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Bass on a Hot Tin Roof

March 12, 2011

Music at the Mission

I’m a curious cat, intrigued by unusual things, so I went to a double-bass recital. It’s time for the bashful giant at the back of the string section to come out and take a solo. The big instrument (two of them, actually, though only one at a time, of course) was wielded by Bill Everett, principal bassist for Symphony Silicon Valley, who plumbed its depths at Old Mission San José in Fremont on Saturday, as part of the Music at the Mission chamber music series.

Everett is a fairly big fellow himself, with a mop of dark hair, comfortably dressed, relaxed in his talks to the audience about the pieces we’d be hearing, and effortful without straining in his performance. The Mission’s booming acoustics, ricocheting sound off the stucco walls, grabbed the not-always-carrying tone and brought it out to the audience, full and rich.

The lesson of the evening’s repertoire was that composers who write solo pieces for the double bass are apt to be slightly eccentric. Rossini, for instance — always up for anything witty — took time out from his busy opera career to pen a three-movement Duetto in D Major for the unlikely combination of cello and bass. It was written at the request of a cellist, and that instrument, played here with smooth elegance by Michael Graham, takes most of the leads, Everett’s bass repeating the phrases with graceful lumbering. This performance, more earnest than humorous, was the finest of the 19th-century works on the program.

The concert’s other 19th-century Italian was Giovanni Bottesini, a double-bass virtuoso who wrote daring showpieces for himself. His Capriccio di bravura is a recitative and aria, accompanied by piano (here played by Aileen Chanco), with plenty of rapid display passages. Getting the double bass to jump through all those hoops is the virtuoso challenge. Agility was never Everett’s problem, though landing properly on some of the high notes was considerably more difficult. He managed to be both bold and tuneful.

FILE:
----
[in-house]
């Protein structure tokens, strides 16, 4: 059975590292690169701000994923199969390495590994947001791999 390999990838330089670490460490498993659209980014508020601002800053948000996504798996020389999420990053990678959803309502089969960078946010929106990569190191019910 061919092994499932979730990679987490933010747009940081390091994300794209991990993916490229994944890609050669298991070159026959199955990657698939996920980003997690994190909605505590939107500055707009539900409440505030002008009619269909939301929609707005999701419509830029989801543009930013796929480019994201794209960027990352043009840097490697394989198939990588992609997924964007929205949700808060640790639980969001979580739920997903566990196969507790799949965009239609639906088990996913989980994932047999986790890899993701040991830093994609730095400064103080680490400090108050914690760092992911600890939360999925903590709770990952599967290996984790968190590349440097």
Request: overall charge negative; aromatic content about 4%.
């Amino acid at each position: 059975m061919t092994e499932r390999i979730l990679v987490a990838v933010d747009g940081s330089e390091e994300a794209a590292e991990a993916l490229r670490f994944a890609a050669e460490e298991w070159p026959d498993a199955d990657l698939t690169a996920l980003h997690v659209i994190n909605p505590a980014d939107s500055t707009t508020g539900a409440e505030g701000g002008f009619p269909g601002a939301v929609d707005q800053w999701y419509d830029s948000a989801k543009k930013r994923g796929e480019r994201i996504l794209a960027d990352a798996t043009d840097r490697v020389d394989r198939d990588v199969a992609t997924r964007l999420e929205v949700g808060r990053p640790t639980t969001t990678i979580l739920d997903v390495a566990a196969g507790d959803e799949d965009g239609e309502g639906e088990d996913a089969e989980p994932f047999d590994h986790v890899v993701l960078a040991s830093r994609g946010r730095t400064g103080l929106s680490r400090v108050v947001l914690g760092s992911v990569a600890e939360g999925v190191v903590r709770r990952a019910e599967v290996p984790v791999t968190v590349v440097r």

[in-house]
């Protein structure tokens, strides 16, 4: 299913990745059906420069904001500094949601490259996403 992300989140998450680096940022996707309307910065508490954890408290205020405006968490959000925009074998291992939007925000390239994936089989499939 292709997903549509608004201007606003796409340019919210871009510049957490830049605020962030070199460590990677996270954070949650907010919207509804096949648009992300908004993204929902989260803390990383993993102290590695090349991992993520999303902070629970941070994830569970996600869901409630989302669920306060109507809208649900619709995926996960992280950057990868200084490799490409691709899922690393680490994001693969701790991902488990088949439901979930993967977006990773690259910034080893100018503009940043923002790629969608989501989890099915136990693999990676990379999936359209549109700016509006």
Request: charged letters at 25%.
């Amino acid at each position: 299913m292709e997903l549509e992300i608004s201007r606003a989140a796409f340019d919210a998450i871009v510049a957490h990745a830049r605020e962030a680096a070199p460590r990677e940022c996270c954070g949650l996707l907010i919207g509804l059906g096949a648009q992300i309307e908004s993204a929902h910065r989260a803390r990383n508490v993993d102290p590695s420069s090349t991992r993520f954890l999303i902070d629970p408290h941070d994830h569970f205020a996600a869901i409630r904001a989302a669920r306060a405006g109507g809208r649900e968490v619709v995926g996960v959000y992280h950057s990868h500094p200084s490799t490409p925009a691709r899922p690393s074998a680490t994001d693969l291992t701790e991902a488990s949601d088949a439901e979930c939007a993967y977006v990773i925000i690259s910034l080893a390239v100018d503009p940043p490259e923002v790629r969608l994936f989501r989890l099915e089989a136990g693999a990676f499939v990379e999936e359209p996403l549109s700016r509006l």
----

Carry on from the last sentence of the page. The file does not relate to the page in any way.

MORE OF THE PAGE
The least eccentric piece of the evening wasn’t written for the double bass at all. It was an arrangement of Schumann’s Fünf Stücke in Volkston (Five pieces in folk style), Op. 102, originally for cello and piano. (The program listing attributed it to Schubert, instead, one of several unintentionally amusing typos in the program book. The organizers really ought to get these things proofread.) With Chanco as accompanist, Everett navigated Schumann’s characteristic melodies, again with more success at lyricism than intonation. Sputtering attacks in the lively first piece were particularly charming and evoked the more experimental sounds of the other half of the program.

Strange Sounds From the New Land

These remaining three pieces, performed interleaved among their predecessors, were all written in the last 50 years by American composers of an avant-garde bent. They abandoned the Italian plan of trying to make the double bass beautiful, and instead were out to see what were the strangest sounds they could elicit from their implausible soloist.

The gentlest of the three works was a Duo by William Jay Sydeman. The composer, still with us at the age of 82, spoke to the audience before the piece to explain briefly that his publisher had challenged him to write for the most unlikely combination of two instruments possible. He picked double bass and xylophone. Accordingly, percussionist Loren Mach hammered fortissimo exclamations over long held notes and double stops from Everett, who got to indulge himself with some fingerboard snapping to contribute to the percussion department. The two instruments defied expectations by working pretty well together.

Donald Erb’s Four Timbre Pieces, for cello and bass, with Graham as cellist, explored more-rarified sonic realms with two instruments as closely related as possible. Erb’s experiments in string color featured long held notes drifting in and out of harmony with each other, with the musicians occasionally humming to add another timbre subtly to the mix, squeaks and rattlings coming from hitting the strings with chopsticks, descending glissandos in muted harmonics (which Everett compared to the cry of a seagull), and high notes at the tip of the instrument played with full vigor and sounding almost soapy.

None of this held a candle in the sonic boom department next to Digital, for bass, percussion, and electronics, by Franck Bedrossian. Everett began by vigorously sawing his bow against the tailpiece for tumultuous rumblings. Then came dry scraws on the bridge and other peculiar sounds. Mach applied a string bow to the edge of cymbals, for a high, eerie, floating tone matching the bass’ scraws, and hit a drum kit with everything from brushes to a heavy stick, engaging in a dialogue with the electronics (manipulated by sound engineer John MacCallum). Gradually, the sound rose into huge rumblings and thumpings before ending abruptly. Bedrossian’s motto seems to be If you can’t write beautiful music, be as noisy as possible. I felt little of the clever tweaking of other noise-oriented composers like Louis Andriessen or Frederic Rzewski. This was just assault.

So, on Saturday, curiosity didn’t kill this cat, even if it tried. It did leave me impressed with some of the things that catgut can do.

David Bratman is a librarian who lives with his lawfully wedded soprano and a wall full of symphony recordings.